By JONATHAN GIBBS
When one summons a sensory image of what Christmas is supposed to look, smell and sound like, Forward Operating Base (FOB) Naray in Kunar Province may be among the last to come to mind. Hard by the Pakistan border, it is muscled with angular mountains that seem to rise straight up out of the earth as if some malevolent force was trying to punch through the ground.
The surface of the ground is strewn with razor-edged rocks that do a feeble job of holding down the sand and dust whipped into the air by the icy winds that coil through the deep valleys of the Hindu Kush. The weather is either constant rain, interminable snow or stifling dry heat – all of which are accompanied by the wind; always that wicked wind that sucks the moisture out of one’s mouth whenever it isn’t filling it with whatever form of precipitation the Heavens deem to throw its way.
Then there is the human element that surrounds FOB Naray. Peopled by isolated tribes, Kunar Province’s impenetrable terrain is pocked with caves, the caves in which Osama bin Laden was believed to hidden after the Sept. 11, 2001 attacks. The Pakistan side – their North-West Frontier Province is called semi-autonomous, a diplomatic word for ‘unfriendly.’ American and western armed forces stationed there call it “Indian Country” and “Enemy Central.” Native Taliban forces mix with foreign Al-Qaeda fighters, while side-shifting mujahadeen militias fill up the rest of the political power vacuum. The businesses of industry there are either heroin or illegal lumber smuggling.
This human stew has made the area a violent playground for all of the competing forces. In 2009, more than 60 percent of all insurgent activity in-country occurred in this small but savage province. Three of the four Medals of Honor given to U.S. forces for actions performed in Afghanistan were awarded to soldiers serving in Kunar Province. As recently as October, nine members of the “Darkhorse” Third Battalion, Fifth Marines stationed there lost their lives in four days of intense fighting.
These marines, the “Darkhorse” battalion will not be having a Christmas like ours in the states. There will be no chestnuts roasting in open fires, eggnog-accompanied caroling around a neighborhood festooned with luminaria and Christmas lights, and shopping trips to overflowing stores or brightly-lit malls. They will be operating on patrols to find insurgent activity or offering medical and infrastructural support to the local population of about 30,000 Afghanis.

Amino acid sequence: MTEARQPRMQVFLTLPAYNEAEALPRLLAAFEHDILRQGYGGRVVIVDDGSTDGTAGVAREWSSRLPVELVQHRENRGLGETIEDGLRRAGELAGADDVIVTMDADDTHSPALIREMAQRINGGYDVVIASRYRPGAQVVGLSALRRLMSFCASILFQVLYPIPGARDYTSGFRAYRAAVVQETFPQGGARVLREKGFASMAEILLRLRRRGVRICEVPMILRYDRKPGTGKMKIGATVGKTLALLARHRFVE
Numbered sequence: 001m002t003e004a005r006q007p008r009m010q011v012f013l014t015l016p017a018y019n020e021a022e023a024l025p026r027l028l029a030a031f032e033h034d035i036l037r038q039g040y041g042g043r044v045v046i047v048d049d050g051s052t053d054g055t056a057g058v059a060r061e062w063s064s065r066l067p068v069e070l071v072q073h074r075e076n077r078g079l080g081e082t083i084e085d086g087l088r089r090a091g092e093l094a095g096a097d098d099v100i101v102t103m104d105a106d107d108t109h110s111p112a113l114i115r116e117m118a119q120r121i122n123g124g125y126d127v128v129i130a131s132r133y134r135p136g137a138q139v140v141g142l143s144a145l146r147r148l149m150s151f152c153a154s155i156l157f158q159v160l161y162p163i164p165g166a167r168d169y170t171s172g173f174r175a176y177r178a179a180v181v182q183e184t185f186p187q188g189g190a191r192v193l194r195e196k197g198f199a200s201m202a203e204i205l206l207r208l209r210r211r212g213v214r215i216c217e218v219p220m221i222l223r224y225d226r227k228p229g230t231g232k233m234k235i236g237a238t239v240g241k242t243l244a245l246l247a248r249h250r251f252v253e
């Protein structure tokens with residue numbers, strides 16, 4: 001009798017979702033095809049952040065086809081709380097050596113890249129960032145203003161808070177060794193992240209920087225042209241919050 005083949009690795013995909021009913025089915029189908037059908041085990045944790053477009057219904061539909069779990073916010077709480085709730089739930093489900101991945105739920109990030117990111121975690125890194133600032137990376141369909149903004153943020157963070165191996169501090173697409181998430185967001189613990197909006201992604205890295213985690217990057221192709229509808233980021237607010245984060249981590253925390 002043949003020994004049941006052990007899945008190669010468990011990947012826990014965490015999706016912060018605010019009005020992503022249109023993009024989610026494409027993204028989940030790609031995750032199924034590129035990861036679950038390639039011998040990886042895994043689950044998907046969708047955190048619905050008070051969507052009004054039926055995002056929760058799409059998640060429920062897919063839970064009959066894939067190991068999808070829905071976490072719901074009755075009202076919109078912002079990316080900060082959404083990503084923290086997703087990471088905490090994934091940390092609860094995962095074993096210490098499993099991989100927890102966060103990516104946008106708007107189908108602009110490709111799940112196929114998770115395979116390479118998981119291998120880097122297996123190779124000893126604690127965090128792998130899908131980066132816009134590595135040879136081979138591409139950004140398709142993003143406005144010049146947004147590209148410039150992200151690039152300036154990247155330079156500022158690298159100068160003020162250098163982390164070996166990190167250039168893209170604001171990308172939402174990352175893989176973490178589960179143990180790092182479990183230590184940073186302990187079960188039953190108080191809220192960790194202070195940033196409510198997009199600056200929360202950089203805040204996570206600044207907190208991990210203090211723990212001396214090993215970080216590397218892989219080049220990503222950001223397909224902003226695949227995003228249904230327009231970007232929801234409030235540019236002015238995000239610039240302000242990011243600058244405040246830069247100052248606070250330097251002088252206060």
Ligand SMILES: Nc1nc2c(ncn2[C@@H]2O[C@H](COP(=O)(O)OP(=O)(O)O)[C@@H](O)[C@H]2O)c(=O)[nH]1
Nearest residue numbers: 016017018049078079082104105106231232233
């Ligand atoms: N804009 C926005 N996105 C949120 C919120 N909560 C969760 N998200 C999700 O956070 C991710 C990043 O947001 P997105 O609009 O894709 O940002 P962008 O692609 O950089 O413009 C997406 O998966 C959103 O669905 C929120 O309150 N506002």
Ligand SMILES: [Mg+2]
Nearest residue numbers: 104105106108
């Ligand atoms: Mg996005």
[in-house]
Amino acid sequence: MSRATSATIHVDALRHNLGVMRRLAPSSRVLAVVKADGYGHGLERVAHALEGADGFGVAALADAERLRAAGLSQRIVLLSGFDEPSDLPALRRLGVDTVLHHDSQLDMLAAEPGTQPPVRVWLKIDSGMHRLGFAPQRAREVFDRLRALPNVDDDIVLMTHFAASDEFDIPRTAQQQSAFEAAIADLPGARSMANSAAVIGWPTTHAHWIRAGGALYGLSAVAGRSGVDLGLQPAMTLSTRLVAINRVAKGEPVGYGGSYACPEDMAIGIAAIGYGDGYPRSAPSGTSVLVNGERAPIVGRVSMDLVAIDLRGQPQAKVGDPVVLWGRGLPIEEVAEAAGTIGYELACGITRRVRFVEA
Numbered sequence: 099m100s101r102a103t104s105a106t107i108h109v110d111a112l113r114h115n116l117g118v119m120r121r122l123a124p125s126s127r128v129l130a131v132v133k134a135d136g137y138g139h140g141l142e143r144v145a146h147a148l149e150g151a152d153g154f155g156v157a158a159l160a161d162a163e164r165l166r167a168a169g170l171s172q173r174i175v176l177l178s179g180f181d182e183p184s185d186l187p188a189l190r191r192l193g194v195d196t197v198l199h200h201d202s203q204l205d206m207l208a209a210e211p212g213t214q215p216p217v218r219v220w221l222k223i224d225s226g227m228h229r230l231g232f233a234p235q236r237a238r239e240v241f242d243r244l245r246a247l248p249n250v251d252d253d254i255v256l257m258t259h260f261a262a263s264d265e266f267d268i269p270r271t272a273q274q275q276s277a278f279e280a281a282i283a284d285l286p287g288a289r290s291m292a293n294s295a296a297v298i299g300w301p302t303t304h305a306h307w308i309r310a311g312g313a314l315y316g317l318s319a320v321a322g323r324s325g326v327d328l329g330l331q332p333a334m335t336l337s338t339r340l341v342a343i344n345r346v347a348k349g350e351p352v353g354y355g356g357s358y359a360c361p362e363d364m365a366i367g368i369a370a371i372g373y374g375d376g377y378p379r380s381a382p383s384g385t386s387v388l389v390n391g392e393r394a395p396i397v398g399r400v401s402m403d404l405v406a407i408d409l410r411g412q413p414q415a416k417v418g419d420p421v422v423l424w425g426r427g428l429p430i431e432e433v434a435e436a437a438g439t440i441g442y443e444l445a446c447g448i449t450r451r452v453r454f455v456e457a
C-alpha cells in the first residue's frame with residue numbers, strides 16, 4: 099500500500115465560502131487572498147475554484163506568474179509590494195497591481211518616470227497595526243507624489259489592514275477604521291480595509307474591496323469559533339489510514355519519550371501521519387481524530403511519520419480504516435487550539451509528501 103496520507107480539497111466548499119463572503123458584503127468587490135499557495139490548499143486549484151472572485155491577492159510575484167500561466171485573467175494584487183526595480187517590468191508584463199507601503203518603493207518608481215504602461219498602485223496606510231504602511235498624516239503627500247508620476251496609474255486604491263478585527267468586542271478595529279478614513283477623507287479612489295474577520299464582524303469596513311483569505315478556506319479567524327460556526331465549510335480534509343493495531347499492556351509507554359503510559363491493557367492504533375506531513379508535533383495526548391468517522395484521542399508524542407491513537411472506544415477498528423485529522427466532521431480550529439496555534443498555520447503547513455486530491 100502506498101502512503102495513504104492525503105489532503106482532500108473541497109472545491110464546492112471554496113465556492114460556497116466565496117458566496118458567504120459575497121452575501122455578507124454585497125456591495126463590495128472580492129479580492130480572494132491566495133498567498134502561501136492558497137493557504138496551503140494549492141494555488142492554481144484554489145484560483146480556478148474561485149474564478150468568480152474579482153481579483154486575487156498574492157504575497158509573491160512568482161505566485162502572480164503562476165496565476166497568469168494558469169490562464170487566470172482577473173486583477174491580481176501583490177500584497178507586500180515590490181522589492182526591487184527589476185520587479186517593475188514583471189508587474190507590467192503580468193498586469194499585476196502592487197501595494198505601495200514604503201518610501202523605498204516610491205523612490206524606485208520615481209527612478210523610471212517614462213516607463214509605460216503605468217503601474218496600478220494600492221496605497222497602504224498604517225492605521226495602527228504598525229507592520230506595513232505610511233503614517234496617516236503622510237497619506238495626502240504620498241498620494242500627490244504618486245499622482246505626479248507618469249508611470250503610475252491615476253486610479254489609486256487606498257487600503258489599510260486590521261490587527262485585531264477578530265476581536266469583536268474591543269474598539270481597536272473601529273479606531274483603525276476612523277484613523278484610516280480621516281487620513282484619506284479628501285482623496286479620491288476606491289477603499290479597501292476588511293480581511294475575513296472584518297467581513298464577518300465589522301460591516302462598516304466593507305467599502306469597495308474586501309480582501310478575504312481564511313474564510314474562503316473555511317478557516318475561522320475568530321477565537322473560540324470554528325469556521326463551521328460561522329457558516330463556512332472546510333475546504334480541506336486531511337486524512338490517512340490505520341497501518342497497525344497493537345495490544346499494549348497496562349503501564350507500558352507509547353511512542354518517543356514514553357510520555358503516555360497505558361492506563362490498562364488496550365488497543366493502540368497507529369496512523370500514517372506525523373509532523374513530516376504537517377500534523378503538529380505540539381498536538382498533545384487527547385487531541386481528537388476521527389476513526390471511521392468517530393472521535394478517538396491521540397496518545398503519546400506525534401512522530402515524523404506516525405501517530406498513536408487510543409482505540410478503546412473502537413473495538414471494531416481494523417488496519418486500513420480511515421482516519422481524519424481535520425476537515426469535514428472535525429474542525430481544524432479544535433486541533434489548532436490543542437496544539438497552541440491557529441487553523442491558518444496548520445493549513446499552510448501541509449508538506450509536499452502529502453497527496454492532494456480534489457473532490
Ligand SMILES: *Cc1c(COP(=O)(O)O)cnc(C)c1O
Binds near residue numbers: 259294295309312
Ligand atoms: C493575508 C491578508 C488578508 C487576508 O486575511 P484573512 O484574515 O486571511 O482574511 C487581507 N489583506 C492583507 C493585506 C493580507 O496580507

As bleak as all this sounds for the Third Battalion Fifth Marines – and it is indeed as bleak as it gets – a local church organization is offering a way to deliver a little bit of Christmas comfort to these 212 men and two women. The South County Church of Christ is putting together Christmas boxes for this battalion and will pay for their shipping. The donations can be dropped off at the Narragansett Times office on Main Street in Wakefield during normal business hours through Dec. 10. The South County Church of Christ will accept donations on Friday, Dec. 10 from 9 a.m. to 6 p.m. and on Saturday from 9 a.m. to noon. The church is located at 3510 Tower Hill Road, Wakefield.
The list of items needed by these men and women is specific, easy-to-find for the gift-givers, and easy to use and carry by the ones receiving them. They include tuna or chicken packets, beef jerky, Slim Jims, Wheat Thins, Triscuits, Ritz crackers, power and granola bars, dried fruits, peanuts and single serve packs of cookies and crackers, instant coffee and teabags, hot chocolate, single-serve powdered drinks, Powerade, Gatorade and Crystal Light, hard candy and M&Ms. Personal items include baby wipes, lip balm, eye drops and razors. There should be no pressurized cans, nor can any pork products or byproducts be sent to Afghanistan.
The South County Church of Christ was made aware of the need to send some Christmas cheer to the soldiers at FOB Naray because some of their friends are among them. And so, the church, says Evangelist Clarence Campbell, saw an opportunity to apply one of the principles of Jesus Christ.
“Jesus says ‘It is better to give than receive,’” Campbell said recently. “And what better way to fulfill our responsibility as Christians than to practice this principle? We find many blessings when we give and this is why we are here.” The church, he added, gets spiritually richer every time it performs such a service, as it did with two 53-foot trailer of food and supplies to flood victims last spring and with the giveaway of 20 turkey dinners each Thanksgiving.
Those unable to buy and deliver the food and personal care items can make a donation to the cause by sending a check to “Military Appreciation Boxes,” care of the South County Church of Christ. Questions can be directed to the church at 782-4483.